Recently, the Beco department store chain, when it did not have change in dollars, began to give customers vouchers that they could use as a means of payment for future purchases.
The National Superintendency for the Defense of Socioeconomic Rights (Sundde), a state body, acted quickly to stop this practice.
We are generating a prohibitive measure to @Stores_Beco, the company was conditioning the consumer, offering an unauthorized “return” mechanism better known as “VALE”, the fair exchange must be returned to the population. pic.twitter.com/FMP9yKh9f3
– Daniel Gomez (@danielgomezvzla) March 15, 2021
The authorities have also intervened against the pharmacy chain Farmatodo to return the change in dollars to customers.
The Superintendency of the Institutions of the Banking Sector (Sudeban) announced the entry into operation as of April 15 of a new payment modality called C2P (commerce to person) in which the establishment processes the payment directly at the customer’s bank.
This is part of Maduro’s strategy to promote the so-called “Digital bolivar”.
The president has pointed to the public transport system, which moves about three-quarters of all the bolivar bills that circulate in the economy, as the first measure, but the low connectivity in Venezuela raises doubts about its possible effectiveness.
Arcay explains that those most affected by the lack of exchange and the shortage of cash are “the Venezuelans who are not banked,” for whom many times there is no alternative but to give up what they need. “There are transactions that have simply disappeared. They no longer have a place ”.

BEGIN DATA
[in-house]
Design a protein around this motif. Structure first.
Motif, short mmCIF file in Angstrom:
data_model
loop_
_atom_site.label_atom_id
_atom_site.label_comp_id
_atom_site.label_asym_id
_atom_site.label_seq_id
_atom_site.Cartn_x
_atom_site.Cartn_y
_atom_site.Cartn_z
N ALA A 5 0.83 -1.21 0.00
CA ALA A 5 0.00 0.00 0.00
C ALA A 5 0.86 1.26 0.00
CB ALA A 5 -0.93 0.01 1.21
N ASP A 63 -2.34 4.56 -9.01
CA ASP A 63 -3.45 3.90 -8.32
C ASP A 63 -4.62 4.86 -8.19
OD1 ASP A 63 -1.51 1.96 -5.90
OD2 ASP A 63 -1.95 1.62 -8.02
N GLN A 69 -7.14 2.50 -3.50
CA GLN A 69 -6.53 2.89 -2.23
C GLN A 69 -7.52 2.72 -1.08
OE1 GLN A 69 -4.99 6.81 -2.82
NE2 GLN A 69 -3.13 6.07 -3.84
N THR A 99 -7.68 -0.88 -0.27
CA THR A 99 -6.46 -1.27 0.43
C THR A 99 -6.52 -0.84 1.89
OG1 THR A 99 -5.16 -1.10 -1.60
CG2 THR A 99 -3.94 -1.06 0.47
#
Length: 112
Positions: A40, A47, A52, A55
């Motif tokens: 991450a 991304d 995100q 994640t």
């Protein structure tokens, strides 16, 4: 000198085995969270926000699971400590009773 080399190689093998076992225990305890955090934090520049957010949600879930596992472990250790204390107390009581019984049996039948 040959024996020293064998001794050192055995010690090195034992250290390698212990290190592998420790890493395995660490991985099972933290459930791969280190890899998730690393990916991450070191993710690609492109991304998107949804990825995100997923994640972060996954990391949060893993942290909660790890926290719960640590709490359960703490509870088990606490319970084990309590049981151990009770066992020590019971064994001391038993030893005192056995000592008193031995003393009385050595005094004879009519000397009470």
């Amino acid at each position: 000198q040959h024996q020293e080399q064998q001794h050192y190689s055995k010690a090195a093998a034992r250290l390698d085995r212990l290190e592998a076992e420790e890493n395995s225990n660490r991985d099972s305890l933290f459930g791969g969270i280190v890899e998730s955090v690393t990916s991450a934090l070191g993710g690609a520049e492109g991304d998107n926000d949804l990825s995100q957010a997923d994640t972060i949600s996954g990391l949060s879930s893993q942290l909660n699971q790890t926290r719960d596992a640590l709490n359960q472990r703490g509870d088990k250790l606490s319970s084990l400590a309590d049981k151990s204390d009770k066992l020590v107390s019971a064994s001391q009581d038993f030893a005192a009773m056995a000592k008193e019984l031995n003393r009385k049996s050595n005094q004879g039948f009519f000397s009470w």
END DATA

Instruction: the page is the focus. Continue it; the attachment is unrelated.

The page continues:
The new banknotes
A possible help could be the new 200,000, 500,000 and one million bolivar bills, the highest nominal value in the history of this currency, which was recently presented by the Central Bank of Venezuela.
The new half-million bolivar bill is barely worth US $ 0.25. (Reuters).
It was interpreted as an attempt to resolve difficulties in lower value payments.
But, despite its high face value, the new one million bolivar bill has a real exchange value of just US $ 0.50, which will surely soon be further reduced due to the permanent depreciation of the bolivar.
Arcay points out that “they released some very tall bills that will actually fulfill the role of coins.”
The economist believes that, in any case, “it will be a solution for a few weeks, at most months.”
The three new banknotes presented by the Central Bank of Venezuela barely add up to US $ 1 together. (Central bank of Venezuela).
And an elusive solution for many, because cash in bolivars is also scarce.
The volume of bolivars in banknotes in the economy represents 2% of the money that circulates in the country. Two years ago it was equivalent to 7%, according to BCV data reported by Reuters.
Luis Vicente León says that it will not be the actions against businesses or removing zeros from their currency, as the Venezuelan government has done several times, that will return the value to the bolivar, and he calls for a radical change in economic policy.
“In reality, the value of a currency is based on the confidence it inspires, and in the current situation the chances of regaining confidence in the Venezuelan currency in the short term are nil.”
Melissa Galbraith is the World News reporter for Globe Live Media. She covers all the major events happening around the World. From Europe to Americas, from Asia to Antarctica, Melissa covers it all. Never miss another Major World Event by bookmarking her author page right here.